"We're open. We're available. Please reach out."
Those words, spoken by Becky Smith of Violence Free Minnesota, are directed at survivors of domestic abuse.
With schools closed and many unable to work, for those who don't feel safe at home because of domestic violence, the coronavirus pandemic can be an even more difficult time. But resources are still available.
Smith said the organization is concerned that those who need help may not reach out because they think domestic violence programs are closed. They are not.
"Domestic violence programs are an essential public safety service and we stay open," she said. "We are always open. We are always there to provide a safe place and to provide advocacy and to help provide people with options towards safety."
While resources are still open, places that those survivors may have felt safe disclosing the abuse like at a doctor's appointment or school might not be. Smith said the statewide coalition is preparing for several different scenarios.
In the coming weeks, Smith said they could see an increase in domestic violence calls because home is not a safe place for everyone.
"But we could also see a drop in domestic violence calls, which doesn't mean domestic violence isn't happening, but that survivors are unable to reach out," she said.
The Crime Victims Resource Center in Austin expected to see more calls during this time but that hasn't happened, according to Linnea Garness, a victim advocate.
"We are wondering if it because these people don’t have time alone, or they don't have a safe space to make those phone calls and reach out," Garness said.
In Austin, the Crime Victims Resource Center is still open for those who need help. Some functions have been modified, like regular crisis counseling being conducted over the phone, but Executive Director Tori Miller said they would have someone at the office during normal business hours to handle emergency situations.
The Women’s Shelter and Support Center in Rochester is open for those who need help. The nonprofit has made some modifications to services, but those in need are still able to find someone at the other end of the phone line if they call the 24-hour crisis line.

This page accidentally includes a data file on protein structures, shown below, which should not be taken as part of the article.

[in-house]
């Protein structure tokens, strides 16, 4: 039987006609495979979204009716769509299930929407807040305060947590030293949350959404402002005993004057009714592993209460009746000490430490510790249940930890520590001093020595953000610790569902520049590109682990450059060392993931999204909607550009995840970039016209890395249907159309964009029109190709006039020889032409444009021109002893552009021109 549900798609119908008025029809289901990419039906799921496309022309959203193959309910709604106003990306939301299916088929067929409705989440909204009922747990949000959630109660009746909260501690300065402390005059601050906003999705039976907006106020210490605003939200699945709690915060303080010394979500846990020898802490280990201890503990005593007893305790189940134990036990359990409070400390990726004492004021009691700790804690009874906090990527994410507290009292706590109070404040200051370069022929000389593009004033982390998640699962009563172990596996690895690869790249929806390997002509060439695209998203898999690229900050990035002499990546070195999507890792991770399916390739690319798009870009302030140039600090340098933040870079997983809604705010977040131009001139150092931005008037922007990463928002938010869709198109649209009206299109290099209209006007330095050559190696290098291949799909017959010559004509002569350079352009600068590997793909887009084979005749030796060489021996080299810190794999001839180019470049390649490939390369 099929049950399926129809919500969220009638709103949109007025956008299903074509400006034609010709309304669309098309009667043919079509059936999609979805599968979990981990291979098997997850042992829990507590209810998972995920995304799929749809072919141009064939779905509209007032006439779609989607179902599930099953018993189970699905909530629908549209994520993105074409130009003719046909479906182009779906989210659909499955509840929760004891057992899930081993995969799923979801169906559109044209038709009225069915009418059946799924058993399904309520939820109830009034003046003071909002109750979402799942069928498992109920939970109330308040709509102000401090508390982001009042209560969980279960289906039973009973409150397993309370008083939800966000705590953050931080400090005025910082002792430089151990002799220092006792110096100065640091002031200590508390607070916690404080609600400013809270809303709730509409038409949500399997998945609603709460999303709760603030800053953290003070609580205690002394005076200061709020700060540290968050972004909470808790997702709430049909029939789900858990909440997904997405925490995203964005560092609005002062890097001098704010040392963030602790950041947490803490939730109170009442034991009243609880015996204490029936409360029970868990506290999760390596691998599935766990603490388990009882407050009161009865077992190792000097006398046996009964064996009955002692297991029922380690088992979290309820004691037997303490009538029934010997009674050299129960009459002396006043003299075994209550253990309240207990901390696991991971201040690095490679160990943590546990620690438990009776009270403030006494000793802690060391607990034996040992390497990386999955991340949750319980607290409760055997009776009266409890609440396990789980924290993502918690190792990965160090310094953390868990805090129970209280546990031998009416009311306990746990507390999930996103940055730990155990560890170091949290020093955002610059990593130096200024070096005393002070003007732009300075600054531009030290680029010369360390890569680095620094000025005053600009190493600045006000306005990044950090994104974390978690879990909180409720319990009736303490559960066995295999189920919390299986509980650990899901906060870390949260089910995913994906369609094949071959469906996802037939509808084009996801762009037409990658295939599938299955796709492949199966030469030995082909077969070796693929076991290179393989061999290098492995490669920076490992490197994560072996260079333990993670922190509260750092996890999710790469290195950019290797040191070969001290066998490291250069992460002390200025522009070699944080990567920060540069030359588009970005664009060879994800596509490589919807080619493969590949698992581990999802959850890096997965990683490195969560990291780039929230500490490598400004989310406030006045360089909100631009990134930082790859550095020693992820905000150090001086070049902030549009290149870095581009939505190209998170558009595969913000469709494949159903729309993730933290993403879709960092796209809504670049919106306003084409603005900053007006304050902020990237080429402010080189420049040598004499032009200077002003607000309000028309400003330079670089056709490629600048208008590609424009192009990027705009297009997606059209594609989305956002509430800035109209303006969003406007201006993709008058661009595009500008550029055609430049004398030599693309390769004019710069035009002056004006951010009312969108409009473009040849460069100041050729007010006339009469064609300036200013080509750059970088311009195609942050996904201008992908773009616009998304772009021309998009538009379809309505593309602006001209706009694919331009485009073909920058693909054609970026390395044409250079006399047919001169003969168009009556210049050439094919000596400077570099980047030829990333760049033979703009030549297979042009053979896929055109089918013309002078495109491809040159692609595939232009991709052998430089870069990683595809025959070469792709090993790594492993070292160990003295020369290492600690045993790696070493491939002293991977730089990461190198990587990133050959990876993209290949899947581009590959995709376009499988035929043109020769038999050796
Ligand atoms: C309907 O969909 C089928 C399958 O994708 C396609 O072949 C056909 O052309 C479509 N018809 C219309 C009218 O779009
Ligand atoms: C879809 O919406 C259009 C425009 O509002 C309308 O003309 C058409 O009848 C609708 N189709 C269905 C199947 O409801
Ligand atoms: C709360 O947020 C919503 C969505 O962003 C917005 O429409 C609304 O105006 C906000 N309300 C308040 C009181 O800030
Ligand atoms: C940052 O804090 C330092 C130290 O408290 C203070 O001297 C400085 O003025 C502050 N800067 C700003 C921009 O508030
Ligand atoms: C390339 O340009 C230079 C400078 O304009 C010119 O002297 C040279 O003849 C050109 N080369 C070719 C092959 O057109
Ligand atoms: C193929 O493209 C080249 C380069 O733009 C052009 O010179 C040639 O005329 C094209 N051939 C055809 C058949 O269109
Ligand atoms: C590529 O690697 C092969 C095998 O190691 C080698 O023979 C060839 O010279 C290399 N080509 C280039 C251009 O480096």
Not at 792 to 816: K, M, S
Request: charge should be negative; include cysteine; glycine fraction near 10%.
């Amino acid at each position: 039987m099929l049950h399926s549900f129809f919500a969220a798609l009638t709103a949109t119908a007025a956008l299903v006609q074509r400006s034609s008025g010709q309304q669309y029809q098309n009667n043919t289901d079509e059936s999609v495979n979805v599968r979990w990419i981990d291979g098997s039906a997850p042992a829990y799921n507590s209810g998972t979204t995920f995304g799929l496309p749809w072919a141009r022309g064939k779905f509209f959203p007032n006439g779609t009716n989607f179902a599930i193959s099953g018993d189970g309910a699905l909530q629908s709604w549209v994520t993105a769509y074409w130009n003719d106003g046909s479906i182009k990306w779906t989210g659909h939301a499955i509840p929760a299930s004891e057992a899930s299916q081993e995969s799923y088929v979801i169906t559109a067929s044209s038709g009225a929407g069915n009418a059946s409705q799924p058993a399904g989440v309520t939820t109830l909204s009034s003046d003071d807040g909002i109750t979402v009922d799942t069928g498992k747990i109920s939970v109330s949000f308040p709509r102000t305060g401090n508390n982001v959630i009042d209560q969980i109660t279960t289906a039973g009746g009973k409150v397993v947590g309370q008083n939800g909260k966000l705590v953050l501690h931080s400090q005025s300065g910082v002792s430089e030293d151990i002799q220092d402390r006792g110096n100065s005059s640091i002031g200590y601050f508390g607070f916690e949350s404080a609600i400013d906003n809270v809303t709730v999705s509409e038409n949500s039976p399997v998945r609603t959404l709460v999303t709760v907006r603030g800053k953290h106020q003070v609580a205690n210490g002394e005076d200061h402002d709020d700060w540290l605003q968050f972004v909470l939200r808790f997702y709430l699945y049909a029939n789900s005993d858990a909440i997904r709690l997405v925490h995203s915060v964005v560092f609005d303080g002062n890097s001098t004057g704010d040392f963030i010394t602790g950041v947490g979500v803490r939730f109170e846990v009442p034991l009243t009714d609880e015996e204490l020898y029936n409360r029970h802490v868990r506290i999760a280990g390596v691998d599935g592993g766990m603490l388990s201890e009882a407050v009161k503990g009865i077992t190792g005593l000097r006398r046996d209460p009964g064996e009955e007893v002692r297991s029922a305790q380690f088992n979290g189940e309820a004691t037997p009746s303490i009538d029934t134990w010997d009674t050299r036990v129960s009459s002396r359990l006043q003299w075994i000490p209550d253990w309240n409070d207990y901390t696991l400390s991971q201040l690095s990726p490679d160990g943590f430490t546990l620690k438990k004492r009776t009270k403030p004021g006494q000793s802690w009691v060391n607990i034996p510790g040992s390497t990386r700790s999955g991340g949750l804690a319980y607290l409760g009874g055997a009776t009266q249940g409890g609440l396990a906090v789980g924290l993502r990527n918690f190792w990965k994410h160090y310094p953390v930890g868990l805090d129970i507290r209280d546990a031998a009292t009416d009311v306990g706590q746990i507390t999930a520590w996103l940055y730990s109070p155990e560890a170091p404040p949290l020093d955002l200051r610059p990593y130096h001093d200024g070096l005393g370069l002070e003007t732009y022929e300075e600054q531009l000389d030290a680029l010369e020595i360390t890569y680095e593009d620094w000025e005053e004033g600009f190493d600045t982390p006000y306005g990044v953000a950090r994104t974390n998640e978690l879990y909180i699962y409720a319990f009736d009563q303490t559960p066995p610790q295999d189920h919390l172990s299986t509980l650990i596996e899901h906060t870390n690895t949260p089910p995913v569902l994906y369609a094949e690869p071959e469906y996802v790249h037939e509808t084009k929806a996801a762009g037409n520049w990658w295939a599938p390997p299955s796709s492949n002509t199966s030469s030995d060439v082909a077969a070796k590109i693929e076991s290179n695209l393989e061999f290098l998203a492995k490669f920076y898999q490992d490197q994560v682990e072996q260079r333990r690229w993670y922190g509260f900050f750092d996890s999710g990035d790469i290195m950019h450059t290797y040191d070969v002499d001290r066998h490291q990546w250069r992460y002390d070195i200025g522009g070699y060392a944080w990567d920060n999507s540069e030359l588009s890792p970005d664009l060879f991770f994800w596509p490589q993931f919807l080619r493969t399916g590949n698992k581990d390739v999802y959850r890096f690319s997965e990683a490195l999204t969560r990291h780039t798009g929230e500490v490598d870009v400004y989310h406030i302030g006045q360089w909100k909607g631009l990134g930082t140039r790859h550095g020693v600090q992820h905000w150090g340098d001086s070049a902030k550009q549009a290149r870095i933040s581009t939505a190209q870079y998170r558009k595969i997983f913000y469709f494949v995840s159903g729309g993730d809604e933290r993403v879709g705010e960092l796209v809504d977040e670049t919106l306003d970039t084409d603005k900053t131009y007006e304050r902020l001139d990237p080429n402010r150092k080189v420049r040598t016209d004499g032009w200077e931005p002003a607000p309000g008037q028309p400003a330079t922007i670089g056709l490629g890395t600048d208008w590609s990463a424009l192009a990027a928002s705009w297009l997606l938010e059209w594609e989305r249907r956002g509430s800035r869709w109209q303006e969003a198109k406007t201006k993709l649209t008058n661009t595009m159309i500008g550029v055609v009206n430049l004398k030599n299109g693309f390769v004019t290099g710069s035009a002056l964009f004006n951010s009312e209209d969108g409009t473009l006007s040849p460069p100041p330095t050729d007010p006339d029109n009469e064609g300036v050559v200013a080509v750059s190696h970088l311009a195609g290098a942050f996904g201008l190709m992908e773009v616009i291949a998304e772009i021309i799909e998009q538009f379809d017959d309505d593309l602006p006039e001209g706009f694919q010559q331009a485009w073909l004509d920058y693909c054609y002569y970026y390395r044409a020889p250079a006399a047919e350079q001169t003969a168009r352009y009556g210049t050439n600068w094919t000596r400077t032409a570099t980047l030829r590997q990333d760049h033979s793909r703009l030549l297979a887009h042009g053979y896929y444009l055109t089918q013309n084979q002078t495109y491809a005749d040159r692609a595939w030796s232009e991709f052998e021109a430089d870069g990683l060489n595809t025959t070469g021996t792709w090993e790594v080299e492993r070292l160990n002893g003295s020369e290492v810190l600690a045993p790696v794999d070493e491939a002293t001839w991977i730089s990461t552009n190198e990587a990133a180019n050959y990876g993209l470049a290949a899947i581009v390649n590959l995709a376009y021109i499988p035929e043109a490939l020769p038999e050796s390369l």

The shelter has made modifications to its housing situation to comply with CDC guidelines for social distancing. Jeannie Thompson, director of youth programming and community outreach, said they have not seen an increase in calls but that could change as more people are told to stay home from work.
"Do what you need to do to remain safe," she said. "Our 24-hour crisis line is available."
Smith said the statewide coalition also is also looking to put out information for the state's crisis numbers at places like grocery stores and pharmacies in an effort to reach those who may need it.
For people who are friends, family or colleagues of someone who they believe experiencing abuse, doing their best to remain in touch with that person is important, according to Smith. Whether that's through calls, texts, video chats or regular mail, it can have an impact.
"Reminding that person who is experiencing abuse that someone is thinking of them is very important," Smith said.
The Women’s Shelter and Support Center 24-hour crisis line:
507-285-1010 Minnesota Day One Crisis Line: 1-866-223-1111 by phone, or
612-399-9995 by text Crime Victims Resource Center in Austin 24/7 line:
The Women’s Shelter and Support Center 24-hour crisis line: 507-285-1010
Minnesota Day One Crisis Line: 1-866-223-1111 by phone, or 612-399-9995 by text
Crime Victims Resource Center in Austin 24/7 line: 507-437-6680